This week I finished up cataloging the spallation products created in cadmium zinc telluride detectors due to interactions with high energy protons. I also made many graphs representing the pulsite spectra any one of these decaying radioactive nuclei would produce. I created a package for Dr. Trombka, and he will be presenting it as a reference at his presentation in Brookhaven.

Upon the completion of my project, I took a radiation safety course which will allow me to work in the laboratory with radioactive materials. One of my lab projects next week may involve calibrating some radiation detectors. I'm looking forward to getting some hands-on experience in the laboratory.

This week we held a celebration at Goddard called "Goddard Day." There were many booths from the different departments and clubs that have formed at NASA. The clubs covered such topics as amateur radio, scuba diving and small aircraft piloting. Many of the booths were giving away free things, and I collected bags full of goodies and posters. There was live music, and each department presented a group for karaoke with lyrics changed to fit the group's activities. Clearly, science is their forte.

This Friday, we met with the computer scientists and discussed computer simulations to see if we could produce the pulsite spectra due to scattering of cosmic rays from the surface of Mars. As a first simple model, the planet Mars will be represented as an infinite plane with many rectangular "bumps" of varying heights and areas placed upon it to represent rocks and other formations. Using a Monte Carlo simulation, we will try to determine the composition of the Martian surface by analyzing the pulsite spectrum. This was very interesting to me and gave me ideas of possible study in graduate school. It is exciting to see those at the forefront of the field pushing science further. It inspired me and strengthened my desire to contribute, though I realized how far off I am when I presented some of my "unique" approaches to Dr. Trombka and found I was trying to reinvent the wheel.

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Date: June 20, 2003

Week Two

This week I catalogued the spallation products due to high energy proton interaction with cadmium telluride zinc detectors. The products of these interactions are radioactive and hence when they decay to lower energies, they emit photons. This induced activity forms part of the background noise in pulse height spectra. We are hoping that from this information we can program the detector to ignore voltages that are due to these frequencies of radiation. I thought the task would take 15 minutes, but after 8 hours on my first day, I had come up with nothing.

On the second day, somewhat frustrated, I asked the head librarian at the NASA library for help. After 15 minutes, he was unable to come up with anything. I went back to my research, but after several hours, he returned. I was amazed to find that he had been trying to find this information for me the whole time. It was the information he provided that led to my eventual success. The information was only in recent journals, and the search engines I had been using did not include these journals. I learned my first valuable lesson in research: Make friends with the librarians.

Once we found the spallation products, I was asked to find what particles were emitted during the decay of the radioactive nuclei and their respective energies. The emitted particles were mostly positrons and Beta particles. Dr. Floyd directed me to a table of isotopes where I could find the respective energies, though it took almost 2 hours for me to learn to interpret the table.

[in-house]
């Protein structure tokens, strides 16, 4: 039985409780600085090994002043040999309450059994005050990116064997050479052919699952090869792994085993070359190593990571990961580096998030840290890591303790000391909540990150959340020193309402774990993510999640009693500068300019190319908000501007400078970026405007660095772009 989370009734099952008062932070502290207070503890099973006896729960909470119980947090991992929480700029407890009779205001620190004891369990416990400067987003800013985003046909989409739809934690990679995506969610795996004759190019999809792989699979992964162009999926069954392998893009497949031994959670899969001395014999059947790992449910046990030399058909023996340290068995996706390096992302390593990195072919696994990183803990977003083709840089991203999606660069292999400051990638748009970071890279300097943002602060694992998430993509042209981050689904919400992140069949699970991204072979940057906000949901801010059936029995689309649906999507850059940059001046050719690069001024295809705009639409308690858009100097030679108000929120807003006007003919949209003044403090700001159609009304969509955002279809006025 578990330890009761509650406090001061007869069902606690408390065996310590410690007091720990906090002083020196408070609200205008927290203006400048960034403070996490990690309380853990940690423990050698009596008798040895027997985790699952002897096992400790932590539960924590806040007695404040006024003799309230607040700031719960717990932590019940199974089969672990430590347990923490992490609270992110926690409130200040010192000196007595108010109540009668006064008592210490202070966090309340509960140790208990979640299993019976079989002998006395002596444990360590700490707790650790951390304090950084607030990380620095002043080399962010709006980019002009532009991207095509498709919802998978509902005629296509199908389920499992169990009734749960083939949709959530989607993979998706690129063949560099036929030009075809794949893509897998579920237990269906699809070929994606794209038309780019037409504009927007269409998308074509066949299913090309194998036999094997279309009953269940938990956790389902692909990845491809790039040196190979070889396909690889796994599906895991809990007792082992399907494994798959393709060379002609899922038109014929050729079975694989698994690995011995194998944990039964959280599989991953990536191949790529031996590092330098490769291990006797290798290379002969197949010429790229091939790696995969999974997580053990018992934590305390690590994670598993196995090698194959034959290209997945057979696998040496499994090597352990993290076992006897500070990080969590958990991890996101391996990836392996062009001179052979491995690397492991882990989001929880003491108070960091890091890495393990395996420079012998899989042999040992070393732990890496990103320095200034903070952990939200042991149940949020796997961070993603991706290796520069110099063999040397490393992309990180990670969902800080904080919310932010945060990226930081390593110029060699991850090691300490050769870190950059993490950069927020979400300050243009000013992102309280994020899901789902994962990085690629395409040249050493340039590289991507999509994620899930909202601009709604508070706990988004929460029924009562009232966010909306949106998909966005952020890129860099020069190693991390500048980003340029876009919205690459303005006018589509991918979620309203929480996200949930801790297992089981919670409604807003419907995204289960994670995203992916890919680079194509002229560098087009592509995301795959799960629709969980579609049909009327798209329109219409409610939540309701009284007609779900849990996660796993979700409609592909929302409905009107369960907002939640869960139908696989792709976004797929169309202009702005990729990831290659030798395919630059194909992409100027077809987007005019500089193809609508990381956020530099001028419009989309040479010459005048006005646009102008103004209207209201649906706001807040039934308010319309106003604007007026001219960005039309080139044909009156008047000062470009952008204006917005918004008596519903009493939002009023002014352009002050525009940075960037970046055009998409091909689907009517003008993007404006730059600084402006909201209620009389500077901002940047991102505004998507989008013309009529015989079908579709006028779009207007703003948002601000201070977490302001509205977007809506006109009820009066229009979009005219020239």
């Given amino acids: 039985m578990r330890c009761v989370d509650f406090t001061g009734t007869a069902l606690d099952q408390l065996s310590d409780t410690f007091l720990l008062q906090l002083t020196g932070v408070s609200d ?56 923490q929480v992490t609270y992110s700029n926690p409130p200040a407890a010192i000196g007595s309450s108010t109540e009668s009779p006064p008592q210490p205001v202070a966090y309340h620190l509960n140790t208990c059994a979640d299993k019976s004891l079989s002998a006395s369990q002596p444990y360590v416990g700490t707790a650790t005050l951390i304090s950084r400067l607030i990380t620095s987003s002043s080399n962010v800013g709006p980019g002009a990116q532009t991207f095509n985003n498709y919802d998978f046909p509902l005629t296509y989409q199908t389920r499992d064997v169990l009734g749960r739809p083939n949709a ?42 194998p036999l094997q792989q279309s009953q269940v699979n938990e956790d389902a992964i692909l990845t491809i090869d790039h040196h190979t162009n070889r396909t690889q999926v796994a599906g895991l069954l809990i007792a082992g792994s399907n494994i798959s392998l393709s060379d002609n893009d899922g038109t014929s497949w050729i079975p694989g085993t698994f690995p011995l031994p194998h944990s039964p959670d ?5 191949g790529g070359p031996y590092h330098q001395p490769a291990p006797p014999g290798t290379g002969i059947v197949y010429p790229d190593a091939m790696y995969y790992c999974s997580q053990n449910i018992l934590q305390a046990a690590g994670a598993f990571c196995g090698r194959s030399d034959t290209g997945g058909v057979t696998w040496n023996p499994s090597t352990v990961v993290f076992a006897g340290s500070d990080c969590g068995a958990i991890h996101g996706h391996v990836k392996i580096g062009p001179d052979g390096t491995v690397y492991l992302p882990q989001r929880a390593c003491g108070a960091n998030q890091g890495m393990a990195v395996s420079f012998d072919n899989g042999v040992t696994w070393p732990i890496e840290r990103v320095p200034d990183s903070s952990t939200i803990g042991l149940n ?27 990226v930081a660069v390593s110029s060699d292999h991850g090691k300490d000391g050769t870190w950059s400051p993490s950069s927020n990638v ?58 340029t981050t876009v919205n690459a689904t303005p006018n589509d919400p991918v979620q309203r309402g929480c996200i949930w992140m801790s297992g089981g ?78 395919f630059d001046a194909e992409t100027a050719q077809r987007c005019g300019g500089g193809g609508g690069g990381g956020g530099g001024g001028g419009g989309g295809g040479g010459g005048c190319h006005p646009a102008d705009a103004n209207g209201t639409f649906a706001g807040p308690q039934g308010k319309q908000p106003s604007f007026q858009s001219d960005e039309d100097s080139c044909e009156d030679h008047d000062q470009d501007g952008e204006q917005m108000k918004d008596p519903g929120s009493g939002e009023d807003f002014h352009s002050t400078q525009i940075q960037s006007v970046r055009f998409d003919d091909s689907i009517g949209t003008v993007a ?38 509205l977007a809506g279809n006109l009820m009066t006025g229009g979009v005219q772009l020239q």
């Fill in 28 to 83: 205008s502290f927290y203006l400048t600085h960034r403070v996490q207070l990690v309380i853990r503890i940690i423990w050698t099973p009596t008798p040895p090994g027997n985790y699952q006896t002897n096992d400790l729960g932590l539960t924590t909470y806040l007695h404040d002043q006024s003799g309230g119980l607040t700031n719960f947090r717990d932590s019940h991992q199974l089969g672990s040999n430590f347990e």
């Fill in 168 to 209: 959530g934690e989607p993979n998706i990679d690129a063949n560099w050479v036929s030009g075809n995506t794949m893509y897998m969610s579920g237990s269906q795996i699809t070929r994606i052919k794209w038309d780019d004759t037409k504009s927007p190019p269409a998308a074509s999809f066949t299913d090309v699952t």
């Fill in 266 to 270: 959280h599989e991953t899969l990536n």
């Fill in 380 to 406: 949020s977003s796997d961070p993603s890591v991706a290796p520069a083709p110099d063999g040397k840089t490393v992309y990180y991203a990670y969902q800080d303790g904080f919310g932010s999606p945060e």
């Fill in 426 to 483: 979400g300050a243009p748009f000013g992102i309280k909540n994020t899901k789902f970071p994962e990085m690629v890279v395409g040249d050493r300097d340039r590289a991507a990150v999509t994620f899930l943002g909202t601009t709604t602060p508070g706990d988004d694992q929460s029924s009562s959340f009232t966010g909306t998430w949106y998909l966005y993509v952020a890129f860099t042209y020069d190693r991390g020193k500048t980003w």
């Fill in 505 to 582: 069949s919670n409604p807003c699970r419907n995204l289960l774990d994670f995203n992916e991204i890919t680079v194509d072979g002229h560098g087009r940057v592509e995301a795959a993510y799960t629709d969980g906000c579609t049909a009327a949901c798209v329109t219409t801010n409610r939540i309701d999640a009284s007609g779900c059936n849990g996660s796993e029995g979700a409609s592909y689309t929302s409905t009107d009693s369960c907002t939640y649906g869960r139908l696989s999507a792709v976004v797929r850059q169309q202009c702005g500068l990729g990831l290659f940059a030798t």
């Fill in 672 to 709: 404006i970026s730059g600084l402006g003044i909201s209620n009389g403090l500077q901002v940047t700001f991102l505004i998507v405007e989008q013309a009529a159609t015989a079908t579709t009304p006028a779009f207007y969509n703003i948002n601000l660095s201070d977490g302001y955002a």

Next week, I will look into what isotopes of cadmium zinc telluride whose decay would produce these radioactive nuclei.

This Friday, I was privileged to sit in on a meeting discussing the geology of Mars presented by Dr. Tim McCoy. Dr. McCoy is the curator of the Meteor Collection at the Smithsonian. I introduced him to Gary White, and the two discussed a possible behind-the-scenes tour at the Smithsonian. Though much of the meeting was technical and somewhat over my head, I learned much about the political process of physics. Unlike theoretical physics, in research, funding is an issue. Therefore, the research must be useful to other physicists as opposed to solely satisfying the interests of the theoretician. Research is a team effort, and the funding must reflect this.

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Date: June 13, 2003

First Week

I'm finally getting settled in at NASA Goddard. The first week consisted solely of researching on radiation detectors to get me up to speed. The project we are working on involves cadmium zinc telluride detectors which are used for spectroscopy. It's been like finals week for me with my nose buried in one textbook or another. I'm working under Dr. Trombka and Dr. Floyd. Both are in the forefront of extraterrestrial spectroscopy as is evident by their names on all the books and papers I've been reading. I get daily personal lectures from these distinguished physicists, and I'm getting paid to do it. I've heard the two of them get into heated discussions. The excitement of the field is contagious!

Next week, I will be studying induced activity in the cadmium zinc telluride detectors. We are trying to find the different species created by interaction with cosmic rays in order to see if we can reduce the background noise from our pulse height spectra. By doing so, we will come to a clearer understanding of a frequency band of cosmic radiation that has eluded physicists to date.

On a different note, we have been experiencing severe storm conditions in D.C. It rained so hard that water started coming into the bus, and one of the Metro lines was shut down between two of the stations. I personally like the rain because it brings the temperatures down, though the bus driver told me this weather is uncommon for this time of year.